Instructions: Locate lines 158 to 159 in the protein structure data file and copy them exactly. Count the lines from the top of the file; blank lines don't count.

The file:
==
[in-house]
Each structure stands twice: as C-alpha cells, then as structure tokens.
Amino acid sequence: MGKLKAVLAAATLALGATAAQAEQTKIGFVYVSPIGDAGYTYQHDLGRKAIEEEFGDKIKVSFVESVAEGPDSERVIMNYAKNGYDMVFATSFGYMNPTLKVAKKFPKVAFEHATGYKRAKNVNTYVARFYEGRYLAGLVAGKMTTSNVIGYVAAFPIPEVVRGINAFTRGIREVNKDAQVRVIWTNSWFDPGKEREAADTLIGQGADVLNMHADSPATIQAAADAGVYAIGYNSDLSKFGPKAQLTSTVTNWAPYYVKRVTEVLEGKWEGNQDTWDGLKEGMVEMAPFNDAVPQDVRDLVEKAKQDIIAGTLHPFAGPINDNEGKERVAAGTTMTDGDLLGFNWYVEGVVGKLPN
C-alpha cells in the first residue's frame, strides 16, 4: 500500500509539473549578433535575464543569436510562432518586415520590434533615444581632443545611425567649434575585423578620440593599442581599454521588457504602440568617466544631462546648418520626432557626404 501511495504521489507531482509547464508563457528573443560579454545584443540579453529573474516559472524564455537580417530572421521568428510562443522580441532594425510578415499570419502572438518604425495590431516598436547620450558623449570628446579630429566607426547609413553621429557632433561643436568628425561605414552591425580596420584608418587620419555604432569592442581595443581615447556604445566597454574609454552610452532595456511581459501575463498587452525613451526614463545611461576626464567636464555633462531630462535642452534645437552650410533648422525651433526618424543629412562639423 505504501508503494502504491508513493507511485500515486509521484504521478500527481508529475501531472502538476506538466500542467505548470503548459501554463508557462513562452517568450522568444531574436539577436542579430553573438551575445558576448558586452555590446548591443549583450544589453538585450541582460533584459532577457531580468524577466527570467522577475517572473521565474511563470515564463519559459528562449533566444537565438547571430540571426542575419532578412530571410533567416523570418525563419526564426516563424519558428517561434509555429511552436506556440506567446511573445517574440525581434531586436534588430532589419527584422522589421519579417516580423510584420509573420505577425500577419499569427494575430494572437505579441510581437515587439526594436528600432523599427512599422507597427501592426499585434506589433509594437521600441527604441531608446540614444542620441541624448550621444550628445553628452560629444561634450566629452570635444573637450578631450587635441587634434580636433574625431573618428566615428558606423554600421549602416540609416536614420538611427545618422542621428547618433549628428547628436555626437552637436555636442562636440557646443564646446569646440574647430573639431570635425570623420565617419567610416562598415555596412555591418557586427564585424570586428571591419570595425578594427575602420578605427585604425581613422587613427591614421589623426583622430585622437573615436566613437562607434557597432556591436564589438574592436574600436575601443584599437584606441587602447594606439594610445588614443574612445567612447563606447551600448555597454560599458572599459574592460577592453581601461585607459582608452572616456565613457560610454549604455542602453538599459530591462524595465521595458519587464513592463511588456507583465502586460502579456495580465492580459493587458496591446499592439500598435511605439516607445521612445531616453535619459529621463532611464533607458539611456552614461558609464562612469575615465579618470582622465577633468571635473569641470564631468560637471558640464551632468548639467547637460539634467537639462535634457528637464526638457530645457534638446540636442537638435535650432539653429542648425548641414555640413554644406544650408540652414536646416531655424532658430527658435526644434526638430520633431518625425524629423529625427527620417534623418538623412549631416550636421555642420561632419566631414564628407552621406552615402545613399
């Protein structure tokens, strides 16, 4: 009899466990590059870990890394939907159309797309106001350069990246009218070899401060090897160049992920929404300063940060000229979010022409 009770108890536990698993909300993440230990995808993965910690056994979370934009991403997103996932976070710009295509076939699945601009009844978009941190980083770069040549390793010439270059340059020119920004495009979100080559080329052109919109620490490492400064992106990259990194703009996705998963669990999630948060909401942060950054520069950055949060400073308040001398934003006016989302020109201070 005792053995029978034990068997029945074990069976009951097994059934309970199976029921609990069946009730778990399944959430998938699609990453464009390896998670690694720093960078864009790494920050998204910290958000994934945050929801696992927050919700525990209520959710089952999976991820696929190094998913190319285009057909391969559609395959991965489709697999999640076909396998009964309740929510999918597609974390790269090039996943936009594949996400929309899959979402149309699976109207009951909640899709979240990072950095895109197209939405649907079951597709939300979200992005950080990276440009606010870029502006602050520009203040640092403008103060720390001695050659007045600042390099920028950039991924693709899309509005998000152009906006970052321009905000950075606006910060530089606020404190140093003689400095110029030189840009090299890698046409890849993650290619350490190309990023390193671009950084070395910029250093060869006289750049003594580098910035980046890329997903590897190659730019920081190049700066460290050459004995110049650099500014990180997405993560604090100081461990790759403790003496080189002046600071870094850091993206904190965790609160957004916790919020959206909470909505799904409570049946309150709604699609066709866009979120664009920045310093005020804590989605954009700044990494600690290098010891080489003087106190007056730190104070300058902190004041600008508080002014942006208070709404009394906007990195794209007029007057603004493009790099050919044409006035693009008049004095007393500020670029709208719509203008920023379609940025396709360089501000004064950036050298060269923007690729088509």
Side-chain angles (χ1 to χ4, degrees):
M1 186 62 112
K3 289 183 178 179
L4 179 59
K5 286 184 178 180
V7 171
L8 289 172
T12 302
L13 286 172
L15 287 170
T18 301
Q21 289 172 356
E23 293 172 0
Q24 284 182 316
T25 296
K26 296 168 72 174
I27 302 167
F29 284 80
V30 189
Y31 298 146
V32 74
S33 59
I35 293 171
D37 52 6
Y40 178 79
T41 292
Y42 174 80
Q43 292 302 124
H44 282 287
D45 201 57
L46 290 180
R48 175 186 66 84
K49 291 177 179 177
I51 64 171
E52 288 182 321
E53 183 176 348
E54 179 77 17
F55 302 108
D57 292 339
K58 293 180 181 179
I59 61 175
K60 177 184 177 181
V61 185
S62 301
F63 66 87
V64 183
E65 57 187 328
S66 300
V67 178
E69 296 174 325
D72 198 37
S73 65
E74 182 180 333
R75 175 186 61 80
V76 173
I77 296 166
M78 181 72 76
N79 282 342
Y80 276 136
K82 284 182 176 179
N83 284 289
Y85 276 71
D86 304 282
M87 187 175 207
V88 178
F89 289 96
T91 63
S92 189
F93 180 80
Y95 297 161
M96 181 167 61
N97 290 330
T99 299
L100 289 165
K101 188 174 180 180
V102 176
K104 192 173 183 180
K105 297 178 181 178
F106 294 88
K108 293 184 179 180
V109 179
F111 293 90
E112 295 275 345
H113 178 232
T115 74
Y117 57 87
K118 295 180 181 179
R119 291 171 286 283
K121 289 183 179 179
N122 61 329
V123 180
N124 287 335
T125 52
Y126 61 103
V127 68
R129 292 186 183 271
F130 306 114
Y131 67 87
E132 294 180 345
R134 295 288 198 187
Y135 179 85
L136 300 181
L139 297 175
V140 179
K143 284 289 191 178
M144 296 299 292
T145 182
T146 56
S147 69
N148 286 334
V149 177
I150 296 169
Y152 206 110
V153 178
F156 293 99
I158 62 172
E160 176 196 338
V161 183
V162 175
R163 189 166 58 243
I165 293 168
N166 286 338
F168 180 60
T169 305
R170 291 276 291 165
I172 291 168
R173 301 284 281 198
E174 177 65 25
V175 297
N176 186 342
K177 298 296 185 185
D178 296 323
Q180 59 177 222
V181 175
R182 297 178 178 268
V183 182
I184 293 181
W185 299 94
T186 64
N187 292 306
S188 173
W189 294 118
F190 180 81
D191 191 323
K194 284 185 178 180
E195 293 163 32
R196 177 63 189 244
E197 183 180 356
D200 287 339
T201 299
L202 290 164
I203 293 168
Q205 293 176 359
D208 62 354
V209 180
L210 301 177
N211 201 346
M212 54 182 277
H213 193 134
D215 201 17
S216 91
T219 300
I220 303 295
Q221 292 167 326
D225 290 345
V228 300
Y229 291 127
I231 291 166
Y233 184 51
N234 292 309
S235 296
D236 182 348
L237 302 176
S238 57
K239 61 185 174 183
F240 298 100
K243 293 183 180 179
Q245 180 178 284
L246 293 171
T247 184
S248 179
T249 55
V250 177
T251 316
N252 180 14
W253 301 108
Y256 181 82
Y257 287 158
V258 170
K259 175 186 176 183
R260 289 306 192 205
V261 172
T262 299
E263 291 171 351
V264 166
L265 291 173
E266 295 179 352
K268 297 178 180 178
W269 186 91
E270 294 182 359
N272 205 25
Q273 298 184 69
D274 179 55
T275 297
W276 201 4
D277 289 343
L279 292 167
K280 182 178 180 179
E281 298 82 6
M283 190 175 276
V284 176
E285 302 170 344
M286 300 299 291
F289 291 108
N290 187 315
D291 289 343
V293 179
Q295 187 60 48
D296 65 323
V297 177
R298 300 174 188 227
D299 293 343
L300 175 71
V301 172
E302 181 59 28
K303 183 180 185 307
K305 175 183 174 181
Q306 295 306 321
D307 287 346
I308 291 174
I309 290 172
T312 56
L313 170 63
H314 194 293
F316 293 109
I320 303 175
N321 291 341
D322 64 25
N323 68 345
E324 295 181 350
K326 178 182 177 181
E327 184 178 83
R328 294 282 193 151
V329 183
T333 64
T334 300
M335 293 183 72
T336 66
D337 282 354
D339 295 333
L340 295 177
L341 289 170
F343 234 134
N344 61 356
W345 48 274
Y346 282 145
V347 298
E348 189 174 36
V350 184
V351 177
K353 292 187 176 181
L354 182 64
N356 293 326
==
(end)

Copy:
Q205 293 176 359
D208 62 354